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#04/2020 UPGRADING OF HABITATS FOR THE NATTERJACK TOAD AND THE COMMON SPADEFOOT TOAD
Dredging for the toads in the natural heritage site ‘Herzogsberge’

Profiling of the waterbodies.

Profiling of the waterbodies. © Thomas Kutter, NLWKN

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The DBU natural heritage site ‘Herzogsberge’ is located near Cremlingen southeast of Braunschweig and covers an area of 127 hectares. The property has been assigned to DBU Natural Heritage Limited Liability Company in 2016. The natural heritage subsidiary of the German Federal Enironmental Foundation (Deutsche Bundesstiftung Umwelt - DBU) in Osnabrück has been entrusted with around 70,000 hectares of former military sites throughout Germany in trust to secure and maintain these valuable habitats. The natural heritage site near Cremlingen is included in the nature reserve ‘Herzogsberge’ which was designated in July 2019. The largest part of this area is also included in the SAC ‘Wälder und Kleingewässer zwischen Mascherode und Cremlingen’.

The spacious areas of open land of the former military training ground have been used extensively for decades. Small areas of sandy grassland, open soil areas, small excavation pits, reed beds, permanent and temporary standing waters, natural watercourses and smaller wooded areas are scattered like a mosaic in the open land areas. Due to the nutrient deficiency of the soils and the structural diversity, there is a large number of endangered animal and plant species living here. Due to the former intensive military use, numerous small water bodies have developed at a total of five sites, which are home to the crested newt (Triturus cristatus), the natterjack toad (Bufo calamita), the common spadefoot toad (Pelobates fuscus) and the moor frog (Rana arvalis), for example. After the abandonment of military use in 2003, the conditions for many amphibian species became worse due to the rapid succession of the waterbodies. Especially pioneer species such as the natterjack toad and the common spadefoot that depends on sandy soils, suffer from this situation as they find it difficult to find suitable spawning waters.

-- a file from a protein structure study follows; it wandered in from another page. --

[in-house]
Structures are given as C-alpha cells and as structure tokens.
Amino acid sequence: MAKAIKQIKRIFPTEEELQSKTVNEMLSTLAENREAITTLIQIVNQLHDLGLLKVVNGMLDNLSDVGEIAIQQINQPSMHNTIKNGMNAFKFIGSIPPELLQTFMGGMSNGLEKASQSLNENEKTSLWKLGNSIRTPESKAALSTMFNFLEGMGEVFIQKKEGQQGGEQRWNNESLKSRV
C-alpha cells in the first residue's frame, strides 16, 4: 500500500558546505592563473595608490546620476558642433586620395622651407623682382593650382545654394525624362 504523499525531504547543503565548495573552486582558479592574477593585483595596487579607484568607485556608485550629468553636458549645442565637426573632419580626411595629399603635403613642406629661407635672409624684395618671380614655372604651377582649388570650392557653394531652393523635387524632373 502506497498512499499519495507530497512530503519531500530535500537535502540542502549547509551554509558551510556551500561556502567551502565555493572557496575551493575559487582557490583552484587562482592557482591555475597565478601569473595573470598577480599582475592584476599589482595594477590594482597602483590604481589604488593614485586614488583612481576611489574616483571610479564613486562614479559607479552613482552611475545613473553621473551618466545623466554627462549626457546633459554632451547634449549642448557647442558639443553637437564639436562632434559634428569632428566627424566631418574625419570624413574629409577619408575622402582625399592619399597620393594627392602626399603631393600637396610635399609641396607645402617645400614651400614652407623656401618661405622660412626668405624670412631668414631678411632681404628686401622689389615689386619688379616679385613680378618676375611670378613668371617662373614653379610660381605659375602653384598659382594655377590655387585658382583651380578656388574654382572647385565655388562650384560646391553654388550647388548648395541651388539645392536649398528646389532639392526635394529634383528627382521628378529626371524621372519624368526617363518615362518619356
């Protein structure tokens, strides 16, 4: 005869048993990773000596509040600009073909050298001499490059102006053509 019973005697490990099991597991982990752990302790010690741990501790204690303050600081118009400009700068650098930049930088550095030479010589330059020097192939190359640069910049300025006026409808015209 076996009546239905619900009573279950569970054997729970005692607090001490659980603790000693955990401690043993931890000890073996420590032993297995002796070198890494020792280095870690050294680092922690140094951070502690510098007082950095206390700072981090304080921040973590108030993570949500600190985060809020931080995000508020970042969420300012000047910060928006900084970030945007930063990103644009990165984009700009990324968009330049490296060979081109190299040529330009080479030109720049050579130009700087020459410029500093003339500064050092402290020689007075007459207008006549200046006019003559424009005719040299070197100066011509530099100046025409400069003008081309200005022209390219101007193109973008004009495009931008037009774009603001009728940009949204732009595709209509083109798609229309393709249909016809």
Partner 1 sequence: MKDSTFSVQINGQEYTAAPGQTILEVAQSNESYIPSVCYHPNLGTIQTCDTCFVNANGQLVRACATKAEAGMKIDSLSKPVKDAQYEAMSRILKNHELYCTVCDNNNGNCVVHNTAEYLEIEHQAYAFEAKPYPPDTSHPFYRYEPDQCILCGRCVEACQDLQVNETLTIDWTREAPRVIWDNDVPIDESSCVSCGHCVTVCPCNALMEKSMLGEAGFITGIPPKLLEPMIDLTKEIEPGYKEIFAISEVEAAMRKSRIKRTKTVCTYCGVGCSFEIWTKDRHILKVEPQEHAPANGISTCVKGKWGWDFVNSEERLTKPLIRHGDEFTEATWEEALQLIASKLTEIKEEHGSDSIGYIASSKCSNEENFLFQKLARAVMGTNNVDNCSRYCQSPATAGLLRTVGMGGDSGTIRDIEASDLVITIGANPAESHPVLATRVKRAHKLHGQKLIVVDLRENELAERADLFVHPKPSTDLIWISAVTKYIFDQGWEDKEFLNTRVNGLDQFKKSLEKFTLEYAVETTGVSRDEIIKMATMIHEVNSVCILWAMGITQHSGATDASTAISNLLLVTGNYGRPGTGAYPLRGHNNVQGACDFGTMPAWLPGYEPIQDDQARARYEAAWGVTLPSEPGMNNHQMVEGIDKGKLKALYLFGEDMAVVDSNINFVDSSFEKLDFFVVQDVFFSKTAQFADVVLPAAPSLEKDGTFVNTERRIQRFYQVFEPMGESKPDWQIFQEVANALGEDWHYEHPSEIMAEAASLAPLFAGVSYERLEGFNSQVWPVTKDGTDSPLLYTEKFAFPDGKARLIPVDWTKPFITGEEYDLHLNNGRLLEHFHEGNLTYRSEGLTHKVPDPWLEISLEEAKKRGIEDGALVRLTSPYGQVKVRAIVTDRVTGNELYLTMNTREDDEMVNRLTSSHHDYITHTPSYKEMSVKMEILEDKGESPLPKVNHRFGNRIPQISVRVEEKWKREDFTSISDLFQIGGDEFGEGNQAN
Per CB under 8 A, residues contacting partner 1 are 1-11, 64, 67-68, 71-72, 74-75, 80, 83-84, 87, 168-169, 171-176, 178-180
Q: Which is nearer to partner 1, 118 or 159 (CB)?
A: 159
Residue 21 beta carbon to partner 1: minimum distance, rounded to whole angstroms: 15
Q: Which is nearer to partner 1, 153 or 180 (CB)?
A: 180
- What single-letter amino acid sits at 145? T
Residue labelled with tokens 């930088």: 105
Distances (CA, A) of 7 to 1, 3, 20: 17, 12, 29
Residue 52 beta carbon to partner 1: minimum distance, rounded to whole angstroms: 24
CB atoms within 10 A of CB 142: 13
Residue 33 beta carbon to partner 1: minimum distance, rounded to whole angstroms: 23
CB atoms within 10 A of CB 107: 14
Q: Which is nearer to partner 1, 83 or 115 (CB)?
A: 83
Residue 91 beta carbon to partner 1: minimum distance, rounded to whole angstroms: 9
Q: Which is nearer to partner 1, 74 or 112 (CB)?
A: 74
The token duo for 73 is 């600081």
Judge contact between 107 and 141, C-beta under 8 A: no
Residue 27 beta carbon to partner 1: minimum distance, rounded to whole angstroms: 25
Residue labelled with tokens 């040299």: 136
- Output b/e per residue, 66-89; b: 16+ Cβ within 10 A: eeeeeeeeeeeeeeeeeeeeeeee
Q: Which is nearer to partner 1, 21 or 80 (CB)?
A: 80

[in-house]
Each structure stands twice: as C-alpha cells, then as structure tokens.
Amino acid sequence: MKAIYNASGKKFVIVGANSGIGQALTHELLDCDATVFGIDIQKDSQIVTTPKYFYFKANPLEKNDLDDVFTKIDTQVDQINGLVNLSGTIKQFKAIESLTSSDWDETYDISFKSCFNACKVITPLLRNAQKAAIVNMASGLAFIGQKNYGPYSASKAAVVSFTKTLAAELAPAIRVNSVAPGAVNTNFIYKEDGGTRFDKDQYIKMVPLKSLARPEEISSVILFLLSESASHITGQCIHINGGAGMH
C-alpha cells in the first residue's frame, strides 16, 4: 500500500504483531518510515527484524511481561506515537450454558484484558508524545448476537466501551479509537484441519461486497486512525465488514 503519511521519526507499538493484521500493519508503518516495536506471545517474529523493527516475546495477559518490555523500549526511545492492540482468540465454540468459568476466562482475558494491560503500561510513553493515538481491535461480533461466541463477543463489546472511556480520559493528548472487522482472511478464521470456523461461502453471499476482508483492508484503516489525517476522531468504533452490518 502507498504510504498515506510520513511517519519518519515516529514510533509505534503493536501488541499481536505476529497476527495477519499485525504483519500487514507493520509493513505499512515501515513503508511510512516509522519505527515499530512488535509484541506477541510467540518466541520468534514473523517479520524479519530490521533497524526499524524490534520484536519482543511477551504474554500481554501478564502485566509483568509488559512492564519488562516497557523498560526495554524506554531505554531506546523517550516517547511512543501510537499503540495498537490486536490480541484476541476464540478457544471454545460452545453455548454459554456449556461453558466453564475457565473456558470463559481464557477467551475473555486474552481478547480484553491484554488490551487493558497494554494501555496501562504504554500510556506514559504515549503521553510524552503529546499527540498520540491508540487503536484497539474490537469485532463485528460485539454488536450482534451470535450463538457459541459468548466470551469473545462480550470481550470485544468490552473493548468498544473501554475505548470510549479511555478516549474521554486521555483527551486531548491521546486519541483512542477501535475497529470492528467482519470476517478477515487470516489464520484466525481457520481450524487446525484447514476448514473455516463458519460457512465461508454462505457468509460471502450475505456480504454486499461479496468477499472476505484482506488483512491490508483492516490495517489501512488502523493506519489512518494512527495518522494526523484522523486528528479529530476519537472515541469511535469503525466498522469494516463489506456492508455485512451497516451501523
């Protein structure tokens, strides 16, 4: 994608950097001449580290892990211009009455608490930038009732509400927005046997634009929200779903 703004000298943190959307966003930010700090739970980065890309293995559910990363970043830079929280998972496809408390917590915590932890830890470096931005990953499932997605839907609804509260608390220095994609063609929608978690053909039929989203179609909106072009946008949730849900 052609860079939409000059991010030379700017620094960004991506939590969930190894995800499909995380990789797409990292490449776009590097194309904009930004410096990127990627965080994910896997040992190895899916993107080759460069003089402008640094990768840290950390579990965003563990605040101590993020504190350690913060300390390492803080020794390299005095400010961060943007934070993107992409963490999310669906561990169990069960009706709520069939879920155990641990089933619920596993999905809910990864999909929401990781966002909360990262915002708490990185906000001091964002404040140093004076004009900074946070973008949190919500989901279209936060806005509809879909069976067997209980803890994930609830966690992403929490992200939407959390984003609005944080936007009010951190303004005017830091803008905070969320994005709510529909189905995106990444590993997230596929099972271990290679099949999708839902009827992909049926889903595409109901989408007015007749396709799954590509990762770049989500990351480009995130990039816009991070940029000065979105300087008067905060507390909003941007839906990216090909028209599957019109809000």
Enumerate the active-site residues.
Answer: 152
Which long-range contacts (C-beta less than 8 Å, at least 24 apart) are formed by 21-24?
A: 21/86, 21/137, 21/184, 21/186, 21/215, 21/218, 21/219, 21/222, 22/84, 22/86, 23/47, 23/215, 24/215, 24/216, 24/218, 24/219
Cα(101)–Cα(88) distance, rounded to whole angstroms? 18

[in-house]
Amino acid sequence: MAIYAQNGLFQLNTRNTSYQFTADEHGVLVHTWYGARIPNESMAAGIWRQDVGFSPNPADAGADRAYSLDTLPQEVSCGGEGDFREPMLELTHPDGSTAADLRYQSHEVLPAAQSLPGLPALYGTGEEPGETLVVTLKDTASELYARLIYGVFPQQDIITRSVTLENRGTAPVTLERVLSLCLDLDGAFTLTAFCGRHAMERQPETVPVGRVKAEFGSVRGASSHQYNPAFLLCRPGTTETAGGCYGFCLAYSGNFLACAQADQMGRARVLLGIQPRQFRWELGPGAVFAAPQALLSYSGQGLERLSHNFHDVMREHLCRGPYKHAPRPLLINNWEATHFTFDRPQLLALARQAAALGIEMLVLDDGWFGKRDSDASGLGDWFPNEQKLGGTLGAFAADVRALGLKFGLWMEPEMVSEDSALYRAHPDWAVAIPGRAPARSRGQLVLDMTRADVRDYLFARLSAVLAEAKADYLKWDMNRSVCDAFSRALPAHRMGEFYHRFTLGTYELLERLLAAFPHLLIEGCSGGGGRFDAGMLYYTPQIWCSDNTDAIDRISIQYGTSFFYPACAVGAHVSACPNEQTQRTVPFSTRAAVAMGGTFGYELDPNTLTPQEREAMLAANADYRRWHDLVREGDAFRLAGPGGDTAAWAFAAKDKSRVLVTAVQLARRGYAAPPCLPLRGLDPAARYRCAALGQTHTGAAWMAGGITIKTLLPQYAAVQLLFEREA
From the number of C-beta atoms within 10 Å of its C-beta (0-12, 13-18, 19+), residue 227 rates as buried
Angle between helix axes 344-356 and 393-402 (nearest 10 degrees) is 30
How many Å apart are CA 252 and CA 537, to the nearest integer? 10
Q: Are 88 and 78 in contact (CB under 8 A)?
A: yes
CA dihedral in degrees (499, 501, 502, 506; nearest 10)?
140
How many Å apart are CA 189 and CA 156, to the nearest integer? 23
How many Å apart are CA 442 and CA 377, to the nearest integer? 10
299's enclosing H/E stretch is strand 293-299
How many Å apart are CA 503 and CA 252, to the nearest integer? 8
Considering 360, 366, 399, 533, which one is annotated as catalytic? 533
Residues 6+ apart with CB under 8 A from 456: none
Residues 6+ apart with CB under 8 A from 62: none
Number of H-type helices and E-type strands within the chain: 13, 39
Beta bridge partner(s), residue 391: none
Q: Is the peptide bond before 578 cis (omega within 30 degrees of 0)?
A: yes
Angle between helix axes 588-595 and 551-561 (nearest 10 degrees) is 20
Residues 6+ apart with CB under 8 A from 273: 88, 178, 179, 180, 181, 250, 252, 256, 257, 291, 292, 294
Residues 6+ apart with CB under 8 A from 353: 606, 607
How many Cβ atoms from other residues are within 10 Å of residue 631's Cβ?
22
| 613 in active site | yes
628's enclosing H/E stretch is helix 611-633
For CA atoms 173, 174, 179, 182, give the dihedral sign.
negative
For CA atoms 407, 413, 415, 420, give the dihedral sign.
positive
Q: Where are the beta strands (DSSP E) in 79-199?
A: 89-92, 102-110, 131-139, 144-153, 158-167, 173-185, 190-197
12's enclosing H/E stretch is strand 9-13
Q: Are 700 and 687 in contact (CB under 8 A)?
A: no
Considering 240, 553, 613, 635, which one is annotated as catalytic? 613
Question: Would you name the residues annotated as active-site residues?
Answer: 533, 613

The action which was implemented as part of the LIFE IP Atlantic Region DE in November and December 2018 by the Lower Saxony Water Management, Coastal Defence and Nature Conservation Agency (NLWKN) in cooperation with the DBU and the Lower Nature Conservation Authority of the district of Wolfenbüttel, therefore aimed to stabilise the populations of both species in this area. To achieve this, small water bodies were constructed and existing ones were restored, and areas of immature soil with diggable grounds were created. Only a sufficient supply of pioneer habitats can preserve the population of the natterjack toad in the medium to long term. The works were preceded by an intensive survey of the species and planning by the consultant and biologist Manfred Wenst who has been in charge of the area since the late 1980s. The Lower Nature Conservation Authority had last restored the small water bodies in 2014 with funds from the federal state of Lower Saxony.

The five water body locations are located within a radius of about one kilometre. In all five locations, call activities of the natterjack toad had been recorded during the surveys in 2019. Between the beginning of May and mid-June, spawning was observed several times. Presumably up to four generations managed to go ashore.

The occurrence of the common spadefoot was not verified in 2019. However, in the current investigations in 2020 their presence has again been documented by calls and spawning.

Renaturation of complexes of waterbodies.

Renaturation of complexes of waterbodies. © Thomas Kutter, NLWKN

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